I simple North-South and East-West light phase with simultaneous green for pedestians and cyclists in all directions and a weighted priory (on the modes with the most users) will allow the timing to be optimised to increase the people movements through the junction (at different times of day...). I suspect this will increase its people capacity even if the metal box capacity is reduced slightly.  This can be optimised with the help of computer models but that is beyond the scope of this blog.

Rather than a roundabout I will stick to the classic Dutch protected intersection which is similar to the current layout an does not require expensive tram track changes.

I will also connect the current cycle network put proper cycle paths along Rennweg where they are desperately missing especially towards the centre.

Here is a basic sketch of my cycle infrastructure layout.

The only traffic lights are on the junction.  This removes the one at Jacquingasse. 

The bi directional path across the junction is maybe not needed with the all green light for cyclists and pedestrians.  I have drawn it to help indicate desire lines more than anything. 

The detailed curb layout would be like the protected intersection which explains this well. You probably do not need the tracks across the junction with a proper all green design.

Jacquingasse turns into a proper Fahradstrasse with no though traffic.  This would help create a bike route up to the Sud Bahnhof that is motor traffic free but the other end needs sorting out too...  However it means Fasangasse can remain the way it is if this is done well.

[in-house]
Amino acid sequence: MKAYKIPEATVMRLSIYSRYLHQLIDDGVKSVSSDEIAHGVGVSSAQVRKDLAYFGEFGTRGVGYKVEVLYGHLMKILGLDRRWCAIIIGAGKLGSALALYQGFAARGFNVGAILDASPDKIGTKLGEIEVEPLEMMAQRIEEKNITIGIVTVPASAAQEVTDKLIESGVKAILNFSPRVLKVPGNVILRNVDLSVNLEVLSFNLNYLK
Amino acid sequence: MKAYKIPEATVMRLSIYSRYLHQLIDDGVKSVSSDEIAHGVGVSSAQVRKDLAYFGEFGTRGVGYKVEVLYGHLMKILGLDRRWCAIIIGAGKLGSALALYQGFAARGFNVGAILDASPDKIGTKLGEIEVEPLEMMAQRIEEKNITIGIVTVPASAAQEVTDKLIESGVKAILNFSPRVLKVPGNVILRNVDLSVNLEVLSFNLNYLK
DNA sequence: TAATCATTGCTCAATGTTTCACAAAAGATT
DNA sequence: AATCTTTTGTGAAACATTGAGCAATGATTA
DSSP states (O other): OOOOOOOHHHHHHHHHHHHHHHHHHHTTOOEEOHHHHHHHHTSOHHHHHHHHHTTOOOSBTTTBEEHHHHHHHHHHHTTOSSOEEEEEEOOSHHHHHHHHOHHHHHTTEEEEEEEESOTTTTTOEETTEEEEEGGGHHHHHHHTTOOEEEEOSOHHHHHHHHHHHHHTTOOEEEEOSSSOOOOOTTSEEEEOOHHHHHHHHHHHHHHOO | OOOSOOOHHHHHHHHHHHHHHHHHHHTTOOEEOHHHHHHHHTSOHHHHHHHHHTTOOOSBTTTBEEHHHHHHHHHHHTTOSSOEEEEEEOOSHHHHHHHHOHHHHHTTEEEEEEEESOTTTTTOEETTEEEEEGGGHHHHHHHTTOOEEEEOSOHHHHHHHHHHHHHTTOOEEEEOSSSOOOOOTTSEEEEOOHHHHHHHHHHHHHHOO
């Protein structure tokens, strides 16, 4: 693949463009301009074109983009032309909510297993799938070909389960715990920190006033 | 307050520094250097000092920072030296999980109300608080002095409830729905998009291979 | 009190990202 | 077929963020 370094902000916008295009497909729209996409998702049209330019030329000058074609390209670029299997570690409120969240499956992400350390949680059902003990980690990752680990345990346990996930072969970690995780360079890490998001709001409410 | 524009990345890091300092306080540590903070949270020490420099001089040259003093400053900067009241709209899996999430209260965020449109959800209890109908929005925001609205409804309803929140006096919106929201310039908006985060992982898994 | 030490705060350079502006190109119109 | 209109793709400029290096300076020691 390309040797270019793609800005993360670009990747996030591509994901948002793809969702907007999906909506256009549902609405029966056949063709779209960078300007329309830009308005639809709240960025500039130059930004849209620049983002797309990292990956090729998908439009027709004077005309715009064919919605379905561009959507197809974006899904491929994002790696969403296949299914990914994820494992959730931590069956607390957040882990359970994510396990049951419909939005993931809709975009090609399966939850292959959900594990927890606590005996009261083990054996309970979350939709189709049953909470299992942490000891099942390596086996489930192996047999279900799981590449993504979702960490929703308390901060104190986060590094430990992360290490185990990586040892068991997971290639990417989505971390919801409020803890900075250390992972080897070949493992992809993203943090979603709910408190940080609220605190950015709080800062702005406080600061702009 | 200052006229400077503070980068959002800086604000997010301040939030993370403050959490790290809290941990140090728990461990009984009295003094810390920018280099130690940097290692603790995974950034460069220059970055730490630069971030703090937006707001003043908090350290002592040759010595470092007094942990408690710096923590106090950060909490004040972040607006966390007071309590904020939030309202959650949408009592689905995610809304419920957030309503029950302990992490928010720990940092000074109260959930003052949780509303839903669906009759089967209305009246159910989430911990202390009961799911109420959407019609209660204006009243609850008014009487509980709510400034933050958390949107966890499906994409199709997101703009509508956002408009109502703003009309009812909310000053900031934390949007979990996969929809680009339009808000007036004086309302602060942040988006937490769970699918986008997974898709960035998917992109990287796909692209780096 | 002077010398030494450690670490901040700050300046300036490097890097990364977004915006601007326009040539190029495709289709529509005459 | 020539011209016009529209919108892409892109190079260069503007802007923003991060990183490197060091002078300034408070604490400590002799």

The above is very basic and needs a lot of detailed work but I hope it shows that:

 - Road Function and traffic routing are very very important.
 - There is always space for cycling infrastructure if we have the balls to rethink junction capacity.

Have a go yourself.

If you send me (doug at culnane dot net) your version I would love to publish it here too.  Lets have a competition.  First prize is a bucket of useless paint.  Second prize is 2 buckets of useless paint.

Update 2014.09.10
It is clear that some people do not really see the problem with this Junction.  It is true that by Vienna standards it is not particularly bad but I thought it might help to do a couple of very amateur videos to try and communicate why it is not particularly good either.

Update 2014-09-12
I got a nice illustration from Roland about the allocation of space (inspired by Copenhagenize)